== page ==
Any thoughts or criticisms of this theorizing are most welcome!


All italicised block texts above are taken from the website of The Gunpowder Plot Society, written by David Herber Copyright © 1997,1998. His references include:

[1] Dictionary of National Biography, 1895

[2] 'Confession of Thomas Wintour', Gunpowder Plot Book

[3] Sidney, Philip, A History of the Gunpowder Plot,

[4] Morey, Adrian, The Catholic Subjects of Elizabeth I.



[1] Sir Rowland Stanley (1518 - 1613) of Hooton and Storeton was the eldest son of William Stanley and Grace Griffith, daughter of Sir William Griffith. His first wife was Margaret Bunbury, widow of Thomas and daughter of Hugh Aldersley. She was mother to Sir William (1548 – 1630), Edward and John, the Jesuit priest mentioned elsewhere in this text. Rowland was knighted on 2nd October 1553 by Queen “Bloody Mary” the day after her Coronation. He married secondly Ursula, daughter of Sir Thomas Smith of Hough, Cheshire, by whom he had two daughters – Margaret, who married Sir John Egerton, and Mary, who married John Poole. In 1577 he served as Sheriff of Cheshire under Queen Elizabeth. In 1585, he married thirdly [at Easterham] Jane, the widow of Richard Brown of Capenhurst, Cheshire. This marriage produced no children although he did have two further children by his mistress Sybil Thomson – Edward Pendleton and Anne. He died on 25th April 1614 at the age of 96, making him the oldest knight in the kingdom. He was buried at Eastham.

[2] Among the thirty four beneficiaries granted the forfeited Desmond estates were Sir Walter Raleigh, the poet Edmund Spenser and Hugh Cuffe, forbear of the Earls of Desart. “The Irish Country House: A Social History”, Peter Somerville-Large (Sinclair-Stevenson, 1995).

[3] Stanley of Hooton MSS Rylands Charter No. 1465. Quoted in “British Sources for Irish history 1485-1641”, Brian Donovan, David Edwards, Irish Manuscripts Commission 1997.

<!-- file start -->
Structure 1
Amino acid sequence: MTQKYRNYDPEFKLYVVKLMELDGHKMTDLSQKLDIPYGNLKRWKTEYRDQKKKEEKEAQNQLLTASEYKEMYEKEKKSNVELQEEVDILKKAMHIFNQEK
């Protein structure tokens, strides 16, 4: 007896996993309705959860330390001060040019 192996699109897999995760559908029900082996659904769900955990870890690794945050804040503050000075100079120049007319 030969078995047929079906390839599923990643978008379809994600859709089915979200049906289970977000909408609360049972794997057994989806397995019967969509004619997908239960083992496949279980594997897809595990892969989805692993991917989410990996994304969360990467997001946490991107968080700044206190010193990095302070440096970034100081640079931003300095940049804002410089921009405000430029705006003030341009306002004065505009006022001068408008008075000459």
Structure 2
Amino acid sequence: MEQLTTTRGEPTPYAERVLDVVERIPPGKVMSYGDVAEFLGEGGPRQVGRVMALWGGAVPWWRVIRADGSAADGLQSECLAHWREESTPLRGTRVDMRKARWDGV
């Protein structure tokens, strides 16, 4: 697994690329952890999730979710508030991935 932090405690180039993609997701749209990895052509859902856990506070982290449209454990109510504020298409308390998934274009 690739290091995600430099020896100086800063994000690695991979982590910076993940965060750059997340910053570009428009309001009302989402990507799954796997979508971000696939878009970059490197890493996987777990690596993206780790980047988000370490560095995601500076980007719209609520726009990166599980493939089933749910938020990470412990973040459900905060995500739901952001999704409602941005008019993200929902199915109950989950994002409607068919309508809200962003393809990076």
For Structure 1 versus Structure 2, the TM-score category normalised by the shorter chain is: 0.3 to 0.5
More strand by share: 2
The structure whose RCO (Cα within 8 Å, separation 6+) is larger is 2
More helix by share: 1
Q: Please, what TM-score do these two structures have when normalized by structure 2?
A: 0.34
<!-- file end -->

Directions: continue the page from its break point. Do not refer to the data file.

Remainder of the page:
[4] The castle was probably in a poor condition, perhaps even ruined. The surrounding countryside cannot have been much better. The Elizabethan army in Munster had conducted a scorched earth campaign, destroying crops in the fields and bringing famine to the region. Over time the executors may have restocked Lady Stanley’s estate by shipping fresh supplies – livestock, equipment, raw materials and arms - across the Irish Sea, probably via the port at Bristol. Under the terms of the land grant, Stanney was also obliged to sponsor a designated number of English tenants and freeholders who would have lived in more modest houses of wood and stone. Nonetheless, as a new landowner in a conquered land, Sir William Stanley must have been a man to whom sleep did not come easy. There is certainly evidence of clashes between the incoming New English and the established Old English (Anglo-Normans), who feared the newcomers undermined their traditional rights and authority in Ireland.

[5] “British Sources for Irish history 1485-1641”, p.188.

[6] John Egerton descended from the Egertons of Ridley Hall outside Bunbury, Cheshire. The manor of Ridley was granted by Henry VIII, as a reward for taking the French standard at Tournay, to Sir Ralph Egerton of Egerton. Ridley Manor previously belonged to Sir Rowland’s father, Sir William Stanley, who had transformed the property into "the finest gentleman's house of all Cheshire." However, Henry VIII believed the Stanley’s were possessed of too much wealth and power; hence the seizure of the Ridley Manor. Ralph was the second son of Philip Egerton. Sir Ralph received his knighthood from Henry in 1513 for his conduct at the battle of the Spurs, and the sieges of Tourenne and Tournay. The following January he was made Standard Bearer of England for life with a salary of £100 per annum. He was made Marshall for his bravery at the battle of Flodden. Ridley Manor was garrisoned by Parliamentary troops during the Civil War, surviving a Royalist attack on 4th June 1645, but was finally burnt about 1700.

[7] Rylands Charter No. 1467

[9] Sir Henry and Elizabeth also had four daughters - Mary, who married Thomas Draper of Walton in Shropshire [co. Salop]; Elizabeth [1595 - 1612] who married John Richardson, Bishop of Ardagh in Ireland; Martha [d. July 1664] and Anne who married Sir John Keningham of Ireland {Coningham of Scotland?} and had two daughters.